Arabi writes that during the stages of hurting you psychologically, the narcissist may use outright insults, like “You’re so bad at your job” or more covert tactics that they try to hide their malice behind. For example, they might express fake concern by saying, “I’m worried that you don’t make enough money to meet your needs,” knowing full well that you do. Arabi says that this type of insincere statement is intended to make you feel worthless and inadequate (which makes narcissists feel better about themselves). Arabi adds that because of their pathological envy, narcissists will especially target areas in which you’re successful and confident.
(Shortform note: Some people without NPD may use covert insults in the form of passive aggression when they’re unable to express their negative feelings or want to exert control over someone else. In addition, feeling jealousy or envy can be a normal and healthy emotion. However, the distinction between milder forms of these behaviors and abusive behaviors is when it threatens someone else’s psychological safety or when it becomes pathological, meaning it’s obsessive or influenced by an underlying mental health condition.)
Narcissists may also damage your self-esteem by speaking poorly of you to others, often projecting their own faults onto you. For example, they might tell everyone in your friend group that you’re controlling and rude to them. This constant trash-talking (what Arabi calls the “smear campaign”) is intended to damage your reputation to the point of causing social isolation, so you’re even more dependent on them. Arabi says that this also reduces your ability to confide in others about the abuse, thereby making it less likely that you’ll be able to hold the abuser accountable.
Lastly, Arabi says narcissists often strategically talk about other people in a way that makes you feel bad about yourself by comparison. Arabi calls this “triangulation” because the narcissist brings a third person into the relationship dynamic, even though that person may not even be aware this is happening, and the information is often false. For example, the narcissist might bring up their ex-partner frequently, talking about how talented they are or other positive traits. Similar to the covert insult examples, the narcissist might target either the areas you like about yourself (to erode your confidence) or the areas you’re particularly insecure about (to inflict a deeper psychological wound).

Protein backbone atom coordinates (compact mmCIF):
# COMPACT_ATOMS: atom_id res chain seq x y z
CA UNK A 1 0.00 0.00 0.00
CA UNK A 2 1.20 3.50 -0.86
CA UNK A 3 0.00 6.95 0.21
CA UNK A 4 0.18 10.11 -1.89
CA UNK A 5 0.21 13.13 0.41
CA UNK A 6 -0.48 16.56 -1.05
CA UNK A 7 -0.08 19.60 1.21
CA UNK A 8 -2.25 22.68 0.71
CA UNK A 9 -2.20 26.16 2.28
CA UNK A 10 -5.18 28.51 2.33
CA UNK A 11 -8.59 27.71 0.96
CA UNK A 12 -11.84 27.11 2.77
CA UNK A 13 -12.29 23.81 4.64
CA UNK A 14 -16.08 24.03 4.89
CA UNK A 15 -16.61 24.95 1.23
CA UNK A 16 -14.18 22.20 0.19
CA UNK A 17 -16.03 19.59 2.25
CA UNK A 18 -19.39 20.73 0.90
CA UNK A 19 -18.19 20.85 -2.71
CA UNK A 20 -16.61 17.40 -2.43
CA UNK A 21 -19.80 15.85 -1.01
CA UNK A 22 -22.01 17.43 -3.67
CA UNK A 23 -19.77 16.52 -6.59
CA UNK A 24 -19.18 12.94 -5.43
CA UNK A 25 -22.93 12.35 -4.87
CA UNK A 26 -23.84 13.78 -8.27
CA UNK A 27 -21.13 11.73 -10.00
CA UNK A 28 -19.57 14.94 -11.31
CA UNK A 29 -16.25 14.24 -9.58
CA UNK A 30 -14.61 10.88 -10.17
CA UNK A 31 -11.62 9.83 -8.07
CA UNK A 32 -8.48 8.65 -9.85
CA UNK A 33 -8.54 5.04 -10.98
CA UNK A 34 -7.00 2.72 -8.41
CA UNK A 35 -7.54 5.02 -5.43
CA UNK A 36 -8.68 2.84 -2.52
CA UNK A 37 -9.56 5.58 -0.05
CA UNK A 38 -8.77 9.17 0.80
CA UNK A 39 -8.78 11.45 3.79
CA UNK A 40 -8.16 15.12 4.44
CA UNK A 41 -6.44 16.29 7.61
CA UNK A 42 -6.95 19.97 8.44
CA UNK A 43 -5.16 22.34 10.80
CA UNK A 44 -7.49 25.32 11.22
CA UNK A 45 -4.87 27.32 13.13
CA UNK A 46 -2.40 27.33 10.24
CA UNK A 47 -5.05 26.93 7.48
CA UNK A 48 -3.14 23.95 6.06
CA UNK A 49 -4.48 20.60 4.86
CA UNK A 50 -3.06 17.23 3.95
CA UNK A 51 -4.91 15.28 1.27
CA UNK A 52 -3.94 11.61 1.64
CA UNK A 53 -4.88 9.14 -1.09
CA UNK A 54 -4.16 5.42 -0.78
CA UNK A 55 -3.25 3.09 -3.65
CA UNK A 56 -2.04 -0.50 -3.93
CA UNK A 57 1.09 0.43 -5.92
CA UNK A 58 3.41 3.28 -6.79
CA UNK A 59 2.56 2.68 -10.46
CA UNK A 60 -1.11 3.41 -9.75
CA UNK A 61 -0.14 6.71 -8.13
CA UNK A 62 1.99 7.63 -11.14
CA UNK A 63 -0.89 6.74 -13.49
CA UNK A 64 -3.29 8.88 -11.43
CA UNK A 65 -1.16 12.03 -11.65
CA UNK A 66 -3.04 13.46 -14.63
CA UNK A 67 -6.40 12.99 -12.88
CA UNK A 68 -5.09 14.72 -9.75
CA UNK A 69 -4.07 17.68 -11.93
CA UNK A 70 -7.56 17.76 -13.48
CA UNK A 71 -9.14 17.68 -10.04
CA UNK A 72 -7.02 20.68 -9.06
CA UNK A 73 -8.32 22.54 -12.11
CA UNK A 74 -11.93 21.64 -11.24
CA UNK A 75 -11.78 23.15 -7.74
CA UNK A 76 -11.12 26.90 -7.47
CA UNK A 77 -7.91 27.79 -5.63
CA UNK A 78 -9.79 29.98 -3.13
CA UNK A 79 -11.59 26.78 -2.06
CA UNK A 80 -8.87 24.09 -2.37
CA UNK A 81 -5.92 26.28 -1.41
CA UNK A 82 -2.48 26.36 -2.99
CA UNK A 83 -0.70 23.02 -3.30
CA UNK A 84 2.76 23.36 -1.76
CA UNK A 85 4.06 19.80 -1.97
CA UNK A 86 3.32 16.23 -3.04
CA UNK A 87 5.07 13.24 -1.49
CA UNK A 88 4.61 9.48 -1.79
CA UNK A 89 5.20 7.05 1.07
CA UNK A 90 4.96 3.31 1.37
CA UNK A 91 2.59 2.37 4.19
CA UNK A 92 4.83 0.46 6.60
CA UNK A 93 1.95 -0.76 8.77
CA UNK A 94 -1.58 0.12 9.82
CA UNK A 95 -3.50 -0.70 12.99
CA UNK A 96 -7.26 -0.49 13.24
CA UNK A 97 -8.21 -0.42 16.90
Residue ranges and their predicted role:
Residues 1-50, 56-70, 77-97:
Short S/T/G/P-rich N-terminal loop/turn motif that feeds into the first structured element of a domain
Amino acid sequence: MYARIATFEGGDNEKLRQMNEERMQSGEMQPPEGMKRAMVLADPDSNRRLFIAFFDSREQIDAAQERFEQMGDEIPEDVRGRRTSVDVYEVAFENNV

(Shortform note: Speaking poorly about you to other people or making hurtful comparisons are also behaviors that can occur in toxic friendships. Experts suggest that if you notice these happening regularly with a friend, and the friendship makes you feel less confident and more stressed, it’s best to start an honest conversation about how they make you feel. If there’s no improvement after the initial discussion or if there’s no real benefit to the relationship, end the friendship. Experts also point out that friendships can be abusive too, even though they’re less intimate than a relationship with a romantic partner.)
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Like what you just read? Read the rest of the world's best book summary and analysis of Shahida Arabi's "Power" at Shortform.
Here's what you'll find in our full Power summary:
- A look at the severe condition called Narcissistic Personality Disorder (NPD)
- How to avoid or end relationships with narcissists
- Advice for healing after narcissistic abuse